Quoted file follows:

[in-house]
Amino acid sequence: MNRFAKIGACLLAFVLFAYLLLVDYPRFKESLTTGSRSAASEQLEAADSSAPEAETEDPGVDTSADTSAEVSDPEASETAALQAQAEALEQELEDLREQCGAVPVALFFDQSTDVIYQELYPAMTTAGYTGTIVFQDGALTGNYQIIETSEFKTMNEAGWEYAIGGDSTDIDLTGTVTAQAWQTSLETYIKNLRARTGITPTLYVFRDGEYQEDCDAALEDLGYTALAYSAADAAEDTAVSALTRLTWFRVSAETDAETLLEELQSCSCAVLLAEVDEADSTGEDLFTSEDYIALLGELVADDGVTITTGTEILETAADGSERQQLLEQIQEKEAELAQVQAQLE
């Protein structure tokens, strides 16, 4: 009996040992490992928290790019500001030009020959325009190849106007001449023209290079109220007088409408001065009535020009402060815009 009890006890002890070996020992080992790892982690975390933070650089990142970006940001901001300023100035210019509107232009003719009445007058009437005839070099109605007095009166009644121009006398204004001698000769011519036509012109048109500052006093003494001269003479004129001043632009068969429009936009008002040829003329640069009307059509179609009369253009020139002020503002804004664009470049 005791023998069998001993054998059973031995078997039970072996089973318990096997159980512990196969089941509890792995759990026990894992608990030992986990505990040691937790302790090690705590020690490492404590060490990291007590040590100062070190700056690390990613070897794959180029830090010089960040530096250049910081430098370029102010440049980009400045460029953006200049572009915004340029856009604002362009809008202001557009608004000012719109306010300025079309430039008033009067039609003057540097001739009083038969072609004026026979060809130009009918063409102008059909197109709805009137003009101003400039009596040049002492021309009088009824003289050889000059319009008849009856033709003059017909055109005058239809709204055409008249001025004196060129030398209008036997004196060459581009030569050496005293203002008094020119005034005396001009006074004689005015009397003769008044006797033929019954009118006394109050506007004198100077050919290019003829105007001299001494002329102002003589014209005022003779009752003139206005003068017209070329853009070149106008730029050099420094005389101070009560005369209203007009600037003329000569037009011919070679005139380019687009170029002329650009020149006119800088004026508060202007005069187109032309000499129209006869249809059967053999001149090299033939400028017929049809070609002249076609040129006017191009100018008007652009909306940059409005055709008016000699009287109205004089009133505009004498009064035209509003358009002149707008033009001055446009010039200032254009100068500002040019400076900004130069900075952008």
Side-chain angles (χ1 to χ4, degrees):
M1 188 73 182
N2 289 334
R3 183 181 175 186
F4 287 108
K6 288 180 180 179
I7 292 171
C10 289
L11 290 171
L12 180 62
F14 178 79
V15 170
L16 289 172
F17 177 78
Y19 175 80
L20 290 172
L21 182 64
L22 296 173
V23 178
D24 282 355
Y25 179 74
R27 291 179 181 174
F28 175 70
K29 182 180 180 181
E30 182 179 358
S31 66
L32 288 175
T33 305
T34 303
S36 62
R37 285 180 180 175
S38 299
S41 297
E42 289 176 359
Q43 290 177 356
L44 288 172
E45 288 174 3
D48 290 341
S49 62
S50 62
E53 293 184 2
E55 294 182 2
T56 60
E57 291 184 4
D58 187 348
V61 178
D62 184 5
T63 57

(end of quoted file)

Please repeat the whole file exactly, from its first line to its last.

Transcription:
[in-house]
Amino acid sequence: MNRFAKIGACLLAFVLFAYLLLVDYPRFKESLTTGSRSAASEQLEAADSSAPEAETEDPGVDTSADTSAEVSDPEASETAALQAQAEALEQELEDLREQCGAVPVALFFDQSTDVIYQELYPAMTTAGYTGTIVFQDGALTGNYQIIETSEFKTMNEAGWEYAIGGDSTDIDLTGTVTAQAWQTSLETYIKNLRARTGITPTLYVFRDGEYQEDCDAALEDLGYTALAYSAADAAEDTAVSALTRLTWFRVSAETDAETLLEELQSCSCAVLLAEVDEADSTGEDLFTSEDYIALLGELVADDGVTITTGTEILETAADGSERQQLLEQIQEKEAELAQVQAQLE
């Protein structure tokens, strides 16, 4: 009996040992490992928290790019500001030009020959325009190849106007001449023209290079109220007088409408001065009535020009402060815009 009890006890002890070996020992080992790892982690975390933070650089990142970006940001901001300023100035210019509107232009003719009445007058009437005839070099109605007095009166009644121009006398204004001698000769011519036509012109048109500052006093003494001269003479004129001043632009068969429009936009008002040829003329640069009307059509179609009369253009020139002020503002804004664009470049 005791023998069998001993054998059973031995078997039970072996089973318990096997159980512990196969089941509890792995759990026990894992608990030992986990505990040691937790302790090690705590020690490492404590060490990291007590040590100062070190700056690390990613070897794959180029830090010089960040530096250049910081430098370029102010440049980009400045460029953006200049572009915004340029856009604002362009809008202001557009608004000012719109306010300025079309430039008033009067039609003057540097001739009083038969072609004026026979060809130009009918063409102008059909197109709805009137003009101003400039009596040049002492021309009088009824003289050889000059319009008849009856033709003059017909055109005058239809709204055409008249001025004196060129030398209008036997004196060459581009030569050496005293203002008094020119005034005396001009006074004689005015009397003769008044006797033929019954009118006394109050506007004198100077050919290019003829105007001299001494002329102002003589014209005022003779009752003139206005003068017209070329853009070149106008730029050099420094005389101070009560005369209203007009600037003329000569037009011919070679005139380019687009170029002329650009020149006119800088004026508060202007005069187109032309000499129209006869249809059967053999001149090299033939400028017929049809070609002249076609040129006017191009100018008007652009909306940059409005055709008016000699009287109205004089009133505009004498009064035209509003358009002149707008033009001055446009010039200032254009100068500002040019400076900004130069900075952008």
Side-chain angles (χ1 to χ4, degrees):
M1 188 73 182
N2 289 334
R3 183 181 175 186
F4 287 108
K6 288 180 180 179
I7 292 171
C10 289
L11 290 171
L12 180 62
F14 178 79
V15 170
L16 289 172
F17 177 78
Y19 175 80
L20 290 172
L21 182 64
L22 296 173
V23 178
D24 282 355
Y25 179 74
R27 291 179 181 174
F28 175 70
K29 182 180 180 181
E30 182 179 358
S31 66
L32 288 175
T33 305
T34 303
S36 62
R37 285 180 180 175
S38 299
S41 297
E42 289 176 359
Q43 290 177 356
L44 288 172
E45 288 174 3
D48 290 341
S49 62
S50 62
E53 293 184 2
E55 294 182 2
T56 60
E57 291 184 4
D58 187 348
V61 178
D62 184 5
T63 57